Why do you work in HR? Most probably because you are interested in people and their welfare. You’re a people person. AI (Artificial intelligence) will probably become your new best friend in the next couple of years, but AI will never be human. Its limitations need to be understood and taken into account.
HR needs to get itself into a prime position to keep track of what is top of employees’ wishlist for technology. Plus it is vital that HR professionals use the latest technology like everybody else, so they can provide insights that will help business leaders understand the interdependencies of business and people.
One company doing this is insurance firm AXA. AXA is using Oracle's AI-powered HCM application, which offers intelligent features such as smart candidate lists.
As a large global company with many decentralised businesses, AXA’s HR team are tasked with managing 157,000 people across 56 countries. By making it quicker to integrate newly acquired businesses into the AXA HR system, and supporting data sharing and analysis locally, regionally or globally – all with the highest level of data security – Oracle HCM is allowing the team to enhance its service to the business.
With access to this kind of smart technology, HR staff or line managers can simply ask a chatbot to source specific data points to gain insight into employees’ performance history.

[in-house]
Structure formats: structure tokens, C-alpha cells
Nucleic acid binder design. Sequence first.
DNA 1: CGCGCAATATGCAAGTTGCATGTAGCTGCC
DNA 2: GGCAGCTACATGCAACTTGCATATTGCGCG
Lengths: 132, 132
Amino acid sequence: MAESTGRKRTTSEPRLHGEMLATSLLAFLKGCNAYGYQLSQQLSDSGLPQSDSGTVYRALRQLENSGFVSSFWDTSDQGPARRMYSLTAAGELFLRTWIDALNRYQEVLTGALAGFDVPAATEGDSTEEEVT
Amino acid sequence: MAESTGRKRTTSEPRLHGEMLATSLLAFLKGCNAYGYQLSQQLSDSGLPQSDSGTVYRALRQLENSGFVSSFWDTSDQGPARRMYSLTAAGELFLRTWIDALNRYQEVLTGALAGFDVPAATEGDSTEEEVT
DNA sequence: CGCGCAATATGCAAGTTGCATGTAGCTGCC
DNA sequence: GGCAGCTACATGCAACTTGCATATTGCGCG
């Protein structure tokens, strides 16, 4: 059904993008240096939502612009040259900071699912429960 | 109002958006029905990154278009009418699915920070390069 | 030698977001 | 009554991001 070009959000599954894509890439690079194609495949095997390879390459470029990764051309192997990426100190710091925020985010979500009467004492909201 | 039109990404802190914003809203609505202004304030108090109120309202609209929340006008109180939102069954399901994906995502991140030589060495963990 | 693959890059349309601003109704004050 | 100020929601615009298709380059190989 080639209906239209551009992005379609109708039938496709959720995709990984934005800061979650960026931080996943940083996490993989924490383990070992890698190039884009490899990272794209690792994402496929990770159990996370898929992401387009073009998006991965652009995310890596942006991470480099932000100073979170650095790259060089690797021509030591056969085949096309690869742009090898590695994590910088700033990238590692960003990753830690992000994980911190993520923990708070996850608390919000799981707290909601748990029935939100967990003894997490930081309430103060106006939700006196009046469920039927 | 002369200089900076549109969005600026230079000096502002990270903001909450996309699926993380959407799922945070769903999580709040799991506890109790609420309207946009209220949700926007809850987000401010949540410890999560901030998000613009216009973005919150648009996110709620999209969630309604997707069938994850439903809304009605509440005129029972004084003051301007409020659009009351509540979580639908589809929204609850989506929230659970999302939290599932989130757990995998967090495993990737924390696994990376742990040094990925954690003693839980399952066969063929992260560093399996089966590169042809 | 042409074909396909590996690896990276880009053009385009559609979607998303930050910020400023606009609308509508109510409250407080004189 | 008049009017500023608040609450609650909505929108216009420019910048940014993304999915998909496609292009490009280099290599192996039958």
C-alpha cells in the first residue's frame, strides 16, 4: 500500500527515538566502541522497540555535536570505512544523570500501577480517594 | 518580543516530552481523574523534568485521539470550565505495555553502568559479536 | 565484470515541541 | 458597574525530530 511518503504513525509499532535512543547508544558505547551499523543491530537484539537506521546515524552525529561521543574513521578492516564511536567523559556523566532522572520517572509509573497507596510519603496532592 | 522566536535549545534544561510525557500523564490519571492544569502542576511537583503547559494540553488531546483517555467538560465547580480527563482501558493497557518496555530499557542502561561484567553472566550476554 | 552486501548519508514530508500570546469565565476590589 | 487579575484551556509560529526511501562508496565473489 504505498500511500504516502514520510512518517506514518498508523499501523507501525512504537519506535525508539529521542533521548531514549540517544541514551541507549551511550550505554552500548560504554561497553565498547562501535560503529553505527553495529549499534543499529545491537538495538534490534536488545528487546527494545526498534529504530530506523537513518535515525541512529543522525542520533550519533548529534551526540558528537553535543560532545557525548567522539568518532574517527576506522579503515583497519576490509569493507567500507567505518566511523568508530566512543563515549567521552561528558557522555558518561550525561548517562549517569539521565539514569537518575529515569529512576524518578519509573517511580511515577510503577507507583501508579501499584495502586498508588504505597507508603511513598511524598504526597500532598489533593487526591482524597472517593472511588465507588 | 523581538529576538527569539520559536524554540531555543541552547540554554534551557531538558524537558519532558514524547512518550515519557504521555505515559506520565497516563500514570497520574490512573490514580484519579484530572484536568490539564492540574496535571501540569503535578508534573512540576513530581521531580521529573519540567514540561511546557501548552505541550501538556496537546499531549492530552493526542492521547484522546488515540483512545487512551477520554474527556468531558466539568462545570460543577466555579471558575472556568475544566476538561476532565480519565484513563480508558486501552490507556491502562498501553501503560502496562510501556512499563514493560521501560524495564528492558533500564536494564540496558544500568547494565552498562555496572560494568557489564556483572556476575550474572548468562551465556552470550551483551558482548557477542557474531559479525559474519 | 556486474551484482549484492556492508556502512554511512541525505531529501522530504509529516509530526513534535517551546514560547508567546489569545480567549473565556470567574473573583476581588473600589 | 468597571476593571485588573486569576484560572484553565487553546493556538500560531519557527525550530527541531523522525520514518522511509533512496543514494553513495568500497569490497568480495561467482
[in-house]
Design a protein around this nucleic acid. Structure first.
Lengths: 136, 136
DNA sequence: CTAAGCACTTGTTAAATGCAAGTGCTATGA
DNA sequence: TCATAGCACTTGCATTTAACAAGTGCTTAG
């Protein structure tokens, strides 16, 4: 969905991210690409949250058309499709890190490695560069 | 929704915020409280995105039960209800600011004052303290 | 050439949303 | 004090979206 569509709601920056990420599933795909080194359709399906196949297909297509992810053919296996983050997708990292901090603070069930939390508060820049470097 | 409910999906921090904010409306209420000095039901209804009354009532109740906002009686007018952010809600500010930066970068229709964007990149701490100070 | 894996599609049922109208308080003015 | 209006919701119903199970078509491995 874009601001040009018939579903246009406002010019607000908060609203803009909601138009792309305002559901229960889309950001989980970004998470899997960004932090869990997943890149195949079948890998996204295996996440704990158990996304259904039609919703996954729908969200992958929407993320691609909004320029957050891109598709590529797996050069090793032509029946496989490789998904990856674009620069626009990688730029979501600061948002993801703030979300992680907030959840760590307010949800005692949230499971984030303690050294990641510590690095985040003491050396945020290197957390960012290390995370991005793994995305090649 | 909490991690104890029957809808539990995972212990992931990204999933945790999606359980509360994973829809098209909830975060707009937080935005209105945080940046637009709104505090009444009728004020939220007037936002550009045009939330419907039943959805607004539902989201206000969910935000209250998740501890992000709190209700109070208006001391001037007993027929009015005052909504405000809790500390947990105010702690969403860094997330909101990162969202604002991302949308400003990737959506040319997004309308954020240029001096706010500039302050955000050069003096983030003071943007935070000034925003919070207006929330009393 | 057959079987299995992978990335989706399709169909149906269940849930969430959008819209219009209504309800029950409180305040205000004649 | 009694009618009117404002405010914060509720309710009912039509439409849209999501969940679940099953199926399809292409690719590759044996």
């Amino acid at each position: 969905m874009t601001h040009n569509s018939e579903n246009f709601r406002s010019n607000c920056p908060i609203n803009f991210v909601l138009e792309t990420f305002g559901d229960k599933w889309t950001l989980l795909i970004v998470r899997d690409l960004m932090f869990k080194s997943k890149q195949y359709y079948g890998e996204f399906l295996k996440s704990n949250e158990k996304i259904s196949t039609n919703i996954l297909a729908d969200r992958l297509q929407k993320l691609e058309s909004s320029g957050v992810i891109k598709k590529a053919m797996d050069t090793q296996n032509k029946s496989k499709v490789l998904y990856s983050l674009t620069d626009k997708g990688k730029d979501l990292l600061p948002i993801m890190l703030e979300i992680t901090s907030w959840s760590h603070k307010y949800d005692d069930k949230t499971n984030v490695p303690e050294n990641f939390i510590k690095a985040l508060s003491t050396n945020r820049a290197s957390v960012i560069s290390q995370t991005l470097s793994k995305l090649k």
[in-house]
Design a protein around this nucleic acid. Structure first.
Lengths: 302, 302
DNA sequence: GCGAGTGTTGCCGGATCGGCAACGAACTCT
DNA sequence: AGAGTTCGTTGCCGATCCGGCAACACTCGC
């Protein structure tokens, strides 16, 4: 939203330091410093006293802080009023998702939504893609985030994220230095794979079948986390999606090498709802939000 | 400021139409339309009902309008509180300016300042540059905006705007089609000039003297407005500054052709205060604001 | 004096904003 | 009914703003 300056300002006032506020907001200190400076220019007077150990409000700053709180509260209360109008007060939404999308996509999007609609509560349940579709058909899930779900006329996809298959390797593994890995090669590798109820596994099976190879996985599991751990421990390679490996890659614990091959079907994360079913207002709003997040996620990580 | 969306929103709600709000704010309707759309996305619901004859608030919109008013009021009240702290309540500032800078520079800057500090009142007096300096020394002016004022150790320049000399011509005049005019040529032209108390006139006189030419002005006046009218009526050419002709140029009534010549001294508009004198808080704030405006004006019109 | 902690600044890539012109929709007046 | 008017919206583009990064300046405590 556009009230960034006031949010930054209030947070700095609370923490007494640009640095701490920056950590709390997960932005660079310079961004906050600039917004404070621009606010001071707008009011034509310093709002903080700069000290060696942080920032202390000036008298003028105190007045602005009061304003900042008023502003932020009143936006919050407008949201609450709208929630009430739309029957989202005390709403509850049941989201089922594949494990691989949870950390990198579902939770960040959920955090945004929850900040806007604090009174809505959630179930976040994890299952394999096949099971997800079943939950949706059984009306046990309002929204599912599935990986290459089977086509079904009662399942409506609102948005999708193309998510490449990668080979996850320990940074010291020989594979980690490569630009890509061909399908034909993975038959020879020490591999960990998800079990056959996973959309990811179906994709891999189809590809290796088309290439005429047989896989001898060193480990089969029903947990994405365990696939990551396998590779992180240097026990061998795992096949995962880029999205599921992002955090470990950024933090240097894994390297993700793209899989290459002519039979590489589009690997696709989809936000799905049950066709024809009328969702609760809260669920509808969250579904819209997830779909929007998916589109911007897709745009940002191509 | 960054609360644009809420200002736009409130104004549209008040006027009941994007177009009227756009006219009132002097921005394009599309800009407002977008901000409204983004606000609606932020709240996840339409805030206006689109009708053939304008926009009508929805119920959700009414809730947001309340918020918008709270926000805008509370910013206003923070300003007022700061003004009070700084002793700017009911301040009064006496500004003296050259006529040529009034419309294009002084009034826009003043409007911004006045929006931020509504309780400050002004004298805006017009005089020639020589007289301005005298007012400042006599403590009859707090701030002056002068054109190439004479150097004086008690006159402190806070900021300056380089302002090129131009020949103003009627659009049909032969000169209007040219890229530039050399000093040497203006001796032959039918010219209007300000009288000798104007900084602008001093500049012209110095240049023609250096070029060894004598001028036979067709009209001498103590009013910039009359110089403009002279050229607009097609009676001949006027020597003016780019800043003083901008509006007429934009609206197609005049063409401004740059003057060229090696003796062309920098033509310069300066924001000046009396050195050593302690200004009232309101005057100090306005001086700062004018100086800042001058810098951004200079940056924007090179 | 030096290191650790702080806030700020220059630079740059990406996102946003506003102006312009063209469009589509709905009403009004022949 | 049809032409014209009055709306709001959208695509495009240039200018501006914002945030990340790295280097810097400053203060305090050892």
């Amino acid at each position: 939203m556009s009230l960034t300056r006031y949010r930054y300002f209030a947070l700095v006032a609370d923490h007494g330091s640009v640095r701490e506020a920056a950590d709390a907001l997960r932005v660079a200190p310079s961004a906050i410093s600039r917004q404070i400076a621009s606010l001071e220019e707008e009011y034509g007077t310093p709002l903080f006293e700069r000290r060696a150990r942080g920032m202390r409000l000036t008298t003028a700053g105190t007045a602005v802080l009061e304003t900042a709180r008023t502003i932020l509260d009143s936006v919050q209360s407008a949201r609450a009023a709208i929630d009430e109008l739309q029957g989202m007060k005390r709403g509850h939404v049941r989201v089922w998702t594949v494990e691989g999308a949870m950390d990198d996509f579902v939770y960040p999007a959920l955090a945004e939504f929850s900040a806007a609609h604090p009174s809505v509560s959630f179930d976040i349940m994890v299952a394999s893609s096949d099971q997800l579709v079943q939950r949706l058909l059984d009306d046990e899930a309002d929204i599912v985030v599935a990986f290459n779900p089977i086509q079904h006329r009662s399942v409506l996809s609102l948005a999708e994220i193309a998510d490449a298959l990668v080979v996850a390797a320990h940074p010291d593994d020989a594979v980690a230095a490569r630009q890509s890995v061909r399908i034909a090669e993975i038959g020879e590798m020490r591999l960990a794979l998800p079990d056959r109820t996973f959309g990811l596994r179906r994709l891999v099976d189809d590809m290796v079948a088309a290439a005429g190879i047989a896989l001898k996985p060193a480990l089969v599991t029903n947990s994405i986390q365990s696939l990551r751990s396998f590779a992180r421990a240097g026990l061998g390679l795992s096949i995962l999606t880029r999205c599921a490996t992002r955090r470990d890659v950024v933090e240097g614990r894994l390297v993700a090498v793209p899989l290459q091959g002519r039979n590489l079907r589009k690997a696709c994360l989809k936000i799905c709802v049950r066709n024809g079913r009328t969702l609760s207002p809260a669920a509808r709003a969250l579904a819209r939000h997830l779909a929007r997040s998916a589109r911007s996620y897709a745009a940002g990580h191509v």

A pregnant worker who wants more details about the company maternity leave policy could just grab their mobile and chat to a bot – the AI might even suggest additional actions or activities based on the experiences of others.
However, it is important to treat AI as an addition rather than a replacement for HR staff. While AI can be great as part of the recruitment process - attracting talent from a broader range of backgrounds than traditional recruiting processes for example – interviews are still vital to getting a feel for the right candidate.
More critically, it is imperative to keep bias out of HR systems. There have been several cases where organisations have relied on AI, and been called out as racist or sexist.
According to a study by Massachusetts Institute of Technology, thirty-five percent of images for darker-skinned women faced errors on facial recognition software, compared to only one percent for lighter-skinned males.
Google, meanwhile, has decided to omit gender-based pronouns from its Smart Compose Gmail technology, as it cannot find a way to guarantee the software correctly predicts someone’s sex or gender identity, and avoid causing offence.
Take the case of the pregnant worker asking the chatbot questions about their upcoming leave – the AI system might be programmed to automatically refer to the father of the baby, in an era where same-sex couples and single parents could just as well be the case.
The key for HR staff is to be able to trust the data in front of you, so you can ensure the advice and information being passed to staff and used to form business decisions is accurate. AI can only see the data, not the people behind it; human interpretation is necessary to avoid built-in bias and offence.